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Oct 14, 2008 4:58 PMPublication: The Southampton Press

Southampton Town considers privatizing waste disposal operation

Oct 14, 2008 4:58 PM

Town Supervisor Linda Kabot has proposed privatizing the town’s disposal operations as a way of cutting costs in Waste Management, a department that has posted a budget deficit in recent years.

The supervisor argues that fewer residents are using the department’s disposal centers, and that the town is collecting less revenue from bag fees and recycling fees. As a result, Ms. Kabot is also suggesting cutting back on the hours of operation at the disposal centers. “The Town Board has some tough decisions to make on waste management,” she said.

Bill Masterson, who oversees Waste Management as well as the Highway Department, acknowledged that privatizing the waste disposal operation may be necessary, but during budget talks last week he asked the supervisor to move slowly in that direction. “I don’t want to lose jobs,” Mr. Masterson said. “Especially today.”

Currently, Waste Management is running a $2 million deficit, a budget shortfall that stems in part from bookkeeping matters that overstated the department’s income. Town Management Services Administrator Richard Blowes said the department provided services for other town departments, such as garbage pickup at the beaches, and brush and leaf pickup in parks, but never charged those other departments for those services. Still, on its balance sheet, the department counted the interdepartmental work as a source of income.

“They were counting on revenue that was never pulled in,” Mr. Blowes said.

The problem, according to Tamara Wright, a private consultant the town hired to help with this year’s budget, was that the Waste Management Department operates with a government mindset instead of a proprietary one—something that would change if the department were privatized.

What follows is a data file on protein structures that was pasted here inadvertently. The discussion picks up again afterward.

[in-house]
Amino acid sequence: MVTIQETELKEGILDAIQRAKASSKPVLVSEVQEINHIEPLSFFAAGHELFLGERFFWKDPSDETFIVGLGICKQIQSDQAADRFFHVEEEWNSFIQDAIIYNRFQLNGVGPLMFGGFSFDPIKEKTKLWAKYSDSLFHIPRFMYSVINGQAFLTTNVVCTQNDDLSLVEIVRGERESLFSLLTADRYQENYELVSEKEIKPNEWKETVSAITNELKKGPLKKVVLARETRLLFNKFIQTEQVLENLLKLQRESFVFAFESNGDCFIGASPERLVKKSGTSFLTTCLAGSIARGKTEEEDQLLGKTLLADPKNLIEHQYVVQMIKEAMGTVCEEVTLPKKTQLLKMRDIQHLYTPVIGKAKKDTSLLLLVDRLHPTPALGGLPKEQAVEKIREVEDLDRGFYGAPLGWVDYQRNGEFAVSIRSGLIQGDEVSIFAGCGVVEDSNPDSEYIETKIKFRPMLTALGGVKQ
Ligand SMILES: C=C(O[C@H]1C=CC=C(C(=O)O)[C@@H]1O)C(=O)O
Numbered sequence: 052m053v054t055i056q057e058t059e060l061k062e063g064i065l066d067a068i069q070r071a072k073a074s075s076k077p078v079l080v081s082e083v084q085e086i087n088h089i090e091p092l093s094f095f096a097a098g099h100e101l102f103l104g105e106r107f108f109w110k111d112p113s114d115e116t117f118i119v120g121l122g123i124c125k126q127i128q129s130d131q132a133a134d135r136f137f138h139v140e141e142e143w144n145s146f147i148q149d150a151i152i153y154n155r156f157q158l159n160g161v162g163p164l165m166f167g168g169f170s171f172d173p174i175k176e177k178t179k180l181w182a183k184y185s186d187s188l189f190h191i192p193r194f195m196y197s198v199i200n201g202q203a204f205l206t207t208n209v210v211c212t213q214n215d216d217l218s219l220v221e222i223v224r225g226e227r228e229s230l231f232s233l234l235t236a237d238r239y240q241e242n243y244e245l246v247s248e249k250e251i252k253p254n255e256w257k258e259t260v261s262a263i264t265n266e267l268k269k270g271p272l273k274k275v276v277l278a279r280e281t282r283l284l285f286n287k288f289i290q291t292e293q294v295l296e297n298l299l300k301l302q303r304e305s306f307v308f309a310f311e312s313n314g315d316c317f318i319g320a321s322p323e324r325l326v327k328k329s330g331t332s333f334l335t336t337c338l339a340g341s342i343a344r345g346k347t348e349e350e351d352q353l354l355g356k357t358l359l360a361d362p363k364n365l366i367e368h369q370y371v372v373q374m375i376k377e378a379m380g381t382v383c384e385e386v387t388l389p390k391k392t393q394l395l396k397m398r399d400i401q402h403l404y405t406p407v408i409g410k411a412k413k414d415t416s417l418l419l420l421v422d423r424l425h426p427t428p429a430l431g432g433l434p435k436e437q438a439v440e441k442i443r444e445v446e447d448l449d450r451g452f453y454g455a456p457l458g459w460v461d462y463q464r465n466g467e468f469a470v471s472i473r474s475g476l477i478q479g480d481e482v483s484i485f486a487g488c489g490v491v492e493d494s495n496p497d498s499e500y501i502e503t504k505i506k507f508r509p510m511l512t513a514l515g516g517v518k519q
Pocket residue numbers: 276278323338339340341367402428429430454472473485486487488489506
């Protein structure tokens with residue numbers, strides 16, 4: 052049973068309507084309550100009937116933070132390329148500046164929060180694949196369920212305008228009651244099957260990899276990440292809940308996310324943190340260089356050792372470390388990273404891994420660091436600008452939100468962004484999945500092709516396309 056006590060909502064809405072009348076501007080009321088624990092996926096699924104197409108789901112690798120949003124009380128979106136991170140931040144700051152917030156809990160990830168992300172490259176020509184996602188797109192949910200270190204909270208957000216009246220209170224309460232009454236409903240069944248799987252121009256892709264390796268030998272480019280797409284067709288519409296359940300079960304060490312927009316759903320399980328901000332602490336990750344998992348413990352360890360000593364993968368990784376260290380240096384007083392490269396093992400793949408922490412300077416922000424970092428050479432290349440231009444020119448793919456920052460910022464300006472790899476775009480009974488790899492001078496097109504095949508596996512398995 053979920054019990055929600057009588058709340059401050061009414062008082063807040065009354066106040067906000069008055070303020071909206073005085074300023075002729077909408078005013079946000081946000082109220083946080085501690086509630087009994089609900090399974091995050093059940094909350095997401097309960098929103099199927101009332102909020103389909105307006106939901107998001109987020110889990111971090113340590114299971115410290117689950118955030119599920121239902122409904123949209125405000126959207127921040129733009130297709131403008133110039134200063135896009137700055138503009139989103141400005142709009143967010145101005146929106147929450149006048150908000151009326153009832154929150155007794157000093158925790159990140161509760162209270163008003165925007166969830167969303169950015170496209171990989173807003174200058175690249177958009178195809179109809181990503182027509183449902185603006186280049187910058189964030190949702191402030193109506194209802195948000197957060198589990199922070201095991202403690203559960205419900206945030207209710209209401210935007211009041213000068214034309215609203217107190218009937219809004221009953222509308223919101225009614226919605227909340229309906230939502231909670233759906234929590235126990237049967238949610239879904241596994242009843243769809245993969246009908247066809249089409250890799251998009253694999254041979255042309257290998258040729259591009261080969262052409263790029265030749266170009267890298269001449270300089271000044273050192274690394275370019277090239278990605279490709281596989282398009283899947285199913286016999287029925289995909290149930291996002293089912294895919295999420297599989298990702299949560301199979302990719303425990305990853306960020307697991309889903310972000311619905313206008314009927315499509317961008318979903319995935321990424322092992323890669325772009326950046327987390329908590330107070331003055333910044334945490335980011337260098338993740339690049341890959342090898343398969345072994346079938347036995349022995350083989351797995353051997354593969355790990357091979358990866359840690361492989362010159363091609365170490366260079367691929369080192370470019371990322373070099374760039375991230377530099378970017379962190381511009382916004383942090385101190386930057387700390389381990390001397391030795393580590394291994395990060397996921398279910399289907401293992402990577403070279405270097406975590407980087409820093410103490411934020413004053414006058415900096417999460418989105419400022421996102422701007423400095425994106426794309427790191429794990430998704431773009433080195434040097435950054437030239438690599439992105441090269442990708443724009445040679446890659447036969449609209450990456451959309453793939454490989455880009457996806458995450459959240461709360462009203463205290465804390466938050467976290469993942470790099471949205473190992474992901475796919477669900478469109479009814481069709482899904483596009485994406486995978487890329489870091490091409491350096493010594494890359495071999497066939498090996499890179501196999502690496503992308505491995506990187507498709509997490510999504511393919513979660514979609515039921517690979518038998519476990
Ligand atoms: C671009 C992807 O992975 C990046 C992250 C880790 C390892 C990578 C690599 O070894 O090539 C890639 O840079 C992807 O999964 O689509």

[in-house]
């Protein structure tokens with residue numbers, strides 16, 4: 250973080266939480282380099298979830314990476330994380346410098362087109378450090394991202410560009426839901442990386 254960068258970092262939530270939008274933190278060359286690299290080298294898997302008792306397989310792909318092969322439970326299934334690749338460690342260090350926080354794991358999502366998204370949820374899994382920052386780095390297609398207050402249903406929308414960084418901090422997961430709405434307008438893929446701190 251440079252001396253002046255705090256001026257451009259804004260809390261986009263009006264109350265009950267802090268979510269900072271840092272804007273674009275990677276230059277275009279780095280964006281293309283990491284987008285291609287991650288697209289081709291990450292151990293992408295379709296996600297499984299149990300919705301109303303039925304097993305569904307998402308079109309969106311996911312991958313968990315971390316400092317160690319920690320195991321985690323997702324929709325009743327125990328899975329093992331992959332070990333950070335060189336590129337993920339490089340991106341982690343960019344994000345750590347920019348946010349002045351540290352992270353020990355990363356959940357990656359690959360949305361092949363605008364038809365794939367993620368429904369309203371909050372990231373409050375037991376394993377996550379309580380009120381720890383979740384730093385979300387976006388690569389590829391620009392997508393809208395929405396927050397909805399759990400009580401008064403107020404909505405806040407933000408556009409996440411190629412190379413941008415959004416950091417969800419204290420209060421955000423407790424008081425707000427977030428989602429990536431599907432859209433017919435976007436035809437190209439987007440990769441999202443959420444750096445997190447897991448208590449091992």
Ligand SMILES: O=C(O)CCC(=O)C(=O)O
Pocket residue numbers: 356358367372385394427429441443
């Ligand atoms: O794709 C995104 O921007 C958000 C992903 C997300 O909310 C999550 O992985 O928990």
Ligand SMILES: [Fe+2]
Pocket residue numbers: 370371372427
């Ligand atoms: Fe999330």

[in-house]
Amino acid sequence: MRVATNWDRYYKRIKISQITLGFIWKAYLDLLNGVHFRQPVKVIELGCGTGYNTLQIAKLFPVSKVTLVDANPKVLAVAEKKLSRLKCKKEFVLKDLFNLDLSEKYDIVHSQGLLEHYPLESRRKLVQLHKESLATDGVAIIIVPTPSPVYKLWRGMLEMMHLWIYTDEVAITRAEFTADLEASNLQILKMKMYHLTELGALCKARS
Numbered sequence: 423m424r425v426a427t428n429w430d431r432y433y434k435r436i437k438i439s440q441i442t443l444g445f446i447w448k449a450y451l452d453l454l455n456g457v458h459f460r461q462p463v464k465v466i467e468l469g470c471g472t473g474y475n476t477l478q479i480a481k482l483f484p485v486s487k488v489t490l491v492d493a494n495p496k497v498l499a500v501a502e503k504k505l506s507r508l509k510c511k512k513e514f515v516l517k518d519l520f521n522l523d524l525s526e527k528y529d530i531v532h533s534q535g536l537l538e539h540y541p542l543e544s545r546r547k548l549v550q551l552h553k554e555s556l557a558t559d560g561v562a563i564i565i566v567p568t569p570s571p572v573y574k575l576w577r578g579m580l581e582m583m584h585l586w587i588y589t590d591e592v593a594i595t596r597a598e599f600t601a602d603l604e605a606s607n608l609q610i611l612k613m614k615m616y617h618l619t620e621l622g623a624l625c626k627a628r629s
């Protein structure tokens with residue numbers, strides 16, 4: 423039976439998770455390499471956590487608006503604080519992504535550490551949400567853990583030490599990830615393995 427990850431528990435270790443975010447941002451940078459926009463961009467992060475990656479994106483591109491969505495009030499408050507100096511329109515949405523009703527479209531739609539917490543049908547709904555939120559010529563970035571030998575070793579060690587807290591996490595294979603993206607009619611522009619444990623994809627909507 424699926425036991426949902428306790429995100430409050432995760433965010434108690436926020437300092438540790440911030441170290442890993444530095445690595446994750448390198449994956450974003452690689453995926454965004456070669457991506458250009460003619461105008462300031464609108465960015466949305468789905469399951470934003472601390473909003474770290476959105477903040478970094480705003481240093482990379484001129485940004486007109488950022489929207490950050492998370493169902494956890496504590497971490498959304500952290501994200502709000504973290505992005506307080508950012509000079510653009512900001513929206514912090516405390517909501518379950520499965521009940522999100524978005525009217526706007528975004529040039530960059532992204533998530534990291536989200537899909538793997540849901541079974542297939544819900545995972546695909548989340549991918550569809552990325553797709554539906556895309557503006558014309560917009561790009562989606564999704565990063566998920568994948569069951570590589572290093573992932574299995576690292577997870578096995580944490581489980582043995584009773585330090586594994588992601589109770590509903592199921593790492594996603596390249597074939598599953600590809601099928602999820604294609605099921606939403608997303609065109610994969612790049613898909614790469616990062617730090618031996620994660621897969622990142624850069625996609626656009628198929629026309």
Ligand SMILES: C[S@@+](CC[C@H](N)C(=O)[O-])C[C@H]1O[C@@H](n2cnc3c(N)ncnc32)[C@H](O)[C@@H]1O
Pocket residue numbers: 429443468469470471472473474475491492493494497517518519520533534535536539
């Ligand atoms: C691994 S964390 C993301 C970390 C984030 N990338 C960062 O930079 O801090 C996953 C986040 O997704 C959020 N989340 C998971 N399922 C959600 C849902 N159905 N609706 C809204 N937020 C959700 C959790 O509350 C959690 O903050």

“They incurred expenses of other departments but never billed those other departments for those services like a private firm would have,” Ms. Wright said, adding that the supervisor’s suggestion to privatize the department might better serve taxpayers. “The taxpayers would be paying a private company instead of the town, and a private company may be able to handle a larger volume of waste and garbage at a lower cost,” she said.

No further action was taken on the plan to privatize the operations at the town’s four transfer stations in North Sea, Sag Harbor, Hampton Bays and Westhampton, nor was there any discussion of how the per-bag disposal system might be transferred to a private enterprise.

While Mr. Masterson may understand the need to privatize his department’s disposal operations, he rejected another proposal that aims to address the town’s roads. The town is in the midst of a 10-year “road reconstruction program,” costing a total of $50 million over that period. Each year, according to the supervisor, $3 million in bonded funds is allocated to the work, and another $2 million for road maintenance is assigned from the general fund as a “pay as you go” supplement. However, Ms. Kabot noted that the Town Board in recent years had eliminated the “pay as you go” payment in order to help keep the tax rate low.

Ms. Kabot told Mr. Masterson on Wednesday she planned to continue the practice, dropping $2 million and relying only on the bonded funds for the work.

“You’ll cut me $2 million, but you’ll hire 10 new police officers,” Mr. Masterson snapped. “There’s always an excuse to cut my department.”

“I have to make these cuts to keep within the tax cap,” Ms. Kabot said.

“Then cut somebody else,” Mr. Masterson said. “That’s not my problem. I’m tired of being your whipping boy.”

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no roads no people house values drop further, no need for police. simple ! problem solved
By typical (63), southampton on Oct 18, 08 6:40 PM
Ms Kabot, go for it! I suggest you plant a "spy" at the North Sea Recycling center and see how little works gets done, and how many unnecessary employees there are. Someone I know did community service there for a while and he was shocked about the countless hours the workers there do nothing but stand around and talk. There needs to be accountability- you're the person to make sure that happens!
By fishcove (38), southampton on Oct 20, 08 6:09 PM
Although I agree with the above comment, what of the employees that do work hard, and their families, should all the employees be punished because of the slackers?
By onlyinSH (2), Southampton on Nov 17, 08 10:54 AM